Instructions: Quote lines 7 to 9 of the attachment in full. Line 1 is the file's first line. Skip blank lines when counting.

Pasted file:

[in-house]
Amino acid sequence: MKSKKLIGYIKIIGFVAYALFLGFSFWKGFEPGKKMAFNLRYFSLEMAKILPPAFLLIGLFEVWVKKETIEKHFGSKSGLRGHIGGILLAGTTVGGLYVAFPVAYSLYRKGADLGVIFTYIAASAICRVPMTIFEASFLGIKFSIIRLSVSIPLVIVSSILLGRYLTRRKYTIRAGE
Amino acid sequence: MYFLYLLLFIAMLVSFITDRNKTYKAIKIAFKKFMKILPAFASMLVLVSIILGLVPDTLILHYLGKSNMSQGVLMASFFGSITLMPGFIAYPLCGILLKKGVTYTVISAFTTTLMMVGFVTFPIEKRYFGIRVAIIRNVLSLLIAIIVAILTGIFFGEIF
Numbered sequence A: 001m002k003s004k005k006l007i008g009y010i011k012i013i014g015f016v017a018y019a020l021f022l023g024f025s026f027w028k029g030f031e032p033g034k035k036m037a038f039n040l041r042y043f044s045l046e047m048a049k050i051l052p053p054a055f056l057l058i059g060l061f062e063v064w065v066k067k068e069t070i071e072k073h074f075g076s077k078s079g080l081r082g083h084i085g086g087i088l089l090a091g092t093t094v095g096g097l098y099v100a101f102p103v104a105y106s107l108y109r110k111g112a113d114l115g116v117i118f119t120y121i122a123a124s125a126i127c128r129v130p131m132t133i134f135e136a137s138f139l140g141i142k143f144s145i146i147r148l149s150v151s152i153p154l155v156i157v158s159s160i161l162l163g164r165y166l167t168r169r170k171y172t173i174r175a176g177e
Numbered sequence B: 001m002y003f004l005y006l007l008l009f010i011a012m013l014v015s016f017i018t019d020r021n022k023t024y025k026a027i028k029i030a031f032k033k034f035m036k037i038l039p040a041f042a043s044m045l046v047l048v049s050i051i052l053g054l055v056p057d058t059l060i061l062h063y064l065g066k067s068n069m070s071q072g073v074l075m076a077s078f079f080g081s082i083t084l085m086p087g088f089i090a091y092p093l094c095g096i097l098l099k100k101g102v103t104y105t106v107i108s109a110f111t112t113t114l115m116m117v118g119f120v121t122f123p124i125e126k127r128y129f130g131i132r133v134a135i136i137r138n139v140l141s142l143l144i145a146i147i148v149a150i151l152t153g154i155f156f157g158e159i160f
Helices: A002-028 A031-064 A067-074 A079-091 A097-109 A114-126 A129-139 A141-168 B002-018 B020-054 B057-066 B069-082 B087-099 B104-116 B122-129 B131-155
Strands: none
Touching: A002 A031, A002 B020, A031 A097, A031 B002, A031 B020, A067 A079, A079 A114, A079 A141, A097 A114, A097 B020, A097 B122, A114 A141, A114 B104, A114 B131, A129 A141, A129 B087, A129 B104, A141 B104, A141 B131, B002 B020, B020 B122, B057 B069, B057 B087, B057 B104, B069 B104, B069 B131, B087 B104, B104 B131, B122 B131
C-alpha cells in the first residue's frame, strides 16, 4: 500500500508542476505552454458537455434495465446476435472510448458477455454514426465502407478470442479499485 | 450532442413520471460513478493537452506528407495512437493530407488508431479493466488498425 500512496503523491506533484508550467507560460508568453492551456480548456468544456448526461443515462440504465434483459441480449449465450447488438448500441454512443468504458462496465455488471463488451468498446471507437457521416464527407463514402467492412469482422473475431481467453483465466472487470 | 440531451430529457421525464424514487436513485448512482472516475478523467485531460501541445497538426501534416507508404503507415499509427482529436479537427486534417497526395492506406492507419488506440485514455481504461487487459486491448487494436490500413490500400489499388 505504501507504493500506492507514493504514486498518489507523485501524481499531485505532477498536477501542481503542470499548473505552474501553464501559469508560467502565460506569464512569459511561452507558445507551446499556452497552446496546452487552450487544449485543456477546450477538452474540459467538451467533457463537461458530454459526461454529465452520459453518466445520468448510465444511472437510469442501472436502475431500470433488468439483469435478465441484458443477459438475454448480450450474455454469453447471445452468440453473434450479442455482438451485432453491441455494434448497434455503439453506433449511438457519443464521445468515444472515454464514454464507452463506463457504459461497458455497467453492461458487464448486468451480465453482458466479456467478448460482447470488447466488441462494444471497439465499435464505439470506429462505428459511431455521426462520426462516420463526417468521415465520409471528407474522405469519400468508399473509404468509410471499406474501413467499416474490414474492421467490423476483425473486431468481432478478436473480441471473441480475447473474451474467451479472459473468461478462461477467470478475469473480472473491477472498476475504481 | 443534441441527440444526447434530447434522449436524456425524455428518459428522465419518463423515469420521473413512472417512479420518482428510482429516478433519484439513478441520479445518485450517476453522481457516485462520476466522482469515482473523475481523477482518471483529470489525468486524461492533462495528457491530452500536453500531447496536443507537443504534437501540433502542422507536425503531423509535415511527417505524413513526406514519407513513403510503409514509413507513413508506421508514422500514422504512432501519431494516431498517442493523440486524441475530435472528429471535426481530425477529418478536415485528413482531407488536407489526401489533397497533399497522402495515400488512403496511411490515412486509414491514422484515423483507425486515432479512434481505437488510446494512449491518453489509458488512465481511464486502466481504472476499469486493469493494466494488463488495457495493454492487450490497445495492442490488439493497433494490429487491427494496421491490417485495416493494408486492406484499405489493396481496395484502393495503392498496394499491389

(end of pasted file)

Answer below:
Strands: none
Touching: A002 A031, A002 B020, A031 A097, A031 B002, A031 B020, A067 A079, A079 A114, A079 A141, A097 A114, A097 B020, A097 B122, A114 A141, A114 B104, A114 B131, A129 A141, A129 B087, A129 B104, A141 B104, A141 B131, B002 B020, B020 B122, B057 B069, B057 B087, B057 B104, B069 B104, B069 B131, B087 B104, B104 B131, B122 B131
C-alpha cells in the first residue's frame, strides 16, 4: 500500500508542476505552454458537455434495465446476435472510448458477455454514426465502407478470442479499485 | 450532442413520471460513478493537452506528407495512437493530407488508431479493466488498425 500512496503523491506533484508550467507560460508568453492551456480548456468544456448526461443515462440504465434483459441480449449465450447488438448500441454512443468504458462496465455488471463488451468498446471507437457521416464527407463514402467492412469482422473475431481467453483465466472487470 | 440531451430529457421525464424514487436513485448512482472516475478523467485531460501541445497538426501534416507508404503507415499509427482529436479537427486534417497526395492506406492507419488506440485514455481504461487487459486491448487494436490500413490500400489499388 505504501507504493500506492507514493504514486498518489507523485501524481499531485505532477498536477501542481503542470499548473505552474501553464501559469508560467502565460506569464512569459511561452507558445507551446499556452497552446496546452487552450487544449485543456477546450477538452474540459467538451467533457463537461458530454459526461454529465452520459453518466445520468448510465444511472437510469442501472436502475431500470433488468439483469435478465441484458443477459438475454448480450450474455454469453447471445452468440453473434450479442455482438451485432453491441455494434448497434455503439453506433449511438457519443464521445468515444472515454464514454464507452463506463457504459461497458455497467453492461458487464448486468451480465453482458466479456467478448460482447470488447466488441462494444471497439465499435464505439470506429462505428459511431455521426462520426462516420463526417468521415465520409471528407474522405469519400468508399473509404468509410471499406474501413467499416474490414474492421467490423476483425473486431468481432478478436473480441471473441480475447473474451474467451479472459473468461478462461477467470478475469473480472473491477472498476475504481 | 443534441441527440444526447434530447434522449436524456425524455428518459428522465419518463423515469420521473413512472417512479420518482428510482429516478433519484439513478441520479445518485450517476453522481457516485462520476466522482469515482473523475481523477482518471483529470489525468486524461492533462495528457491530452500536453500531447496536443507537443504534437501540433502542422507536425503531423509535415511527417505524413513526406514519407513513403510503409514509413507513413508506421508514422500514422504512432501519431494516431498517442493523440486524441475530435472528429471535426481530425477529418478536415485528413482531407488536407489526401489533397497533399497522402495515400488512403496511411490515412486509414491514422484515423483507425486515432479512434481505437488510446494512449491518453489509458488512465481511464486502466481504472476499469486493469493494466494488463488495457495493454492487450490497445495492442490488439493497433494490429487491427494496421491490417485495416493494408486492406484499405489493396481496395484502393495503392498496394499491389